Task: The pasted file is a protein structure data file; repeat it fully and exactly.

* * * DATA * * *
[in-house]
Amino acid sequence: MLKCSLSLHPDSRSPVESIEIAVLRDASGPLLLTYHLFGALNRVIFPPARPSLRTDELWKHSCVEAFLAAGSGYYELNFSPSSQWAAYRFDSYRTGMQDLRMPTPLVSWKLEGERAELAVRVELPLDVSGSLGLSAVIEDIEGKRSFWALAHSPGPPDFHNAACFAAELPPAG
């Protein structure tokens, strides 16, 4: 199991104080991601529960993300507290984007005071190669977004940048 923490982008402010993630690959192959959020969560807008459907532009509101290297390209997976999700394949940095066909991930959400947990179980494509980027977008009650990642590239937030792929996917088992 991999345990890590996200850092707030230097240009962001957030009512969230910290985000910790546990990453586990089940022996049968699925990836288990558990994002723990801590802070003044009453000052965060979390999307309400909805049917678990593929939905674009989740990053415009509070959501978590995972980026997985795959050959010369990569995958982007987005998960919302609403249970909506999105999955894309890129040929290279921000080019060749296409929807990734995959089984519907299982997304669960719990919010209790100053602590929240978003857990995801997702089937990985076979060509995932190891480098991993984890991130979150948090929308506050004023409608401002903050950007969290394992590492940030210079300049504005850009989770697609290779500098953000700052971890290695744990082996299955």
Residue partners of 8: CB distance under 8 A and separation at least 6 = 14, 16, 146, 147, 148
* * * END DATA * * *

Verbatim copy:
[in-house]
Amino acid sequence: MLKCSLSLHPDSRSPVESIEIAVLRDASGPLLLTYHLFGALNRVIFPPARPSLRTDELWKHSCVEAFLAAGSGYYELNFSPSSQWAAYRFDSYRTGMQDLRMPTPLVSWKLEGERAELAVRVELPLDVSGSLGLSAVIEDIEGKRSFWALAHSPGPPDFHNAACFAAELPPAG
């Protein structure tokens, strides 16, 4: 199991104080991601529960993300507290984007005071190669977004940048 923490982008402010993630690959192959959020969560807008459907532009509101290297390209997976999700394949940095066909991930959400947990179980494509980027977008009650990642590239937030792929996917088992 991999345990890590996200850092707030230097240009962001957030009512969230910290985000910790546990990453586990089940022996049968699925990836288990558990994002723990801590802070003044009453000052965060979390999307309400909805049917678990593929939905674009989740990053415009509070959501978590995972980026997985795959050959010369990569995958982007987005998960919302609403249970909506999105999955894309890129040929290279921000080019060749296409929807990734995959089984519907299982997304669960719990919010209790100053602590929240978003857990995801997702089937990985076979060509995932190891480098991993984890991130979150948090929308506050004023409608401002903050950007969290394992590492940030210079300049504005850009989770697609290779500098953000700052971890290695744990082996299955």
Residue partners of 8: CB distance under 8 A and separation at least 6 = 14, 16, 146, 147, 148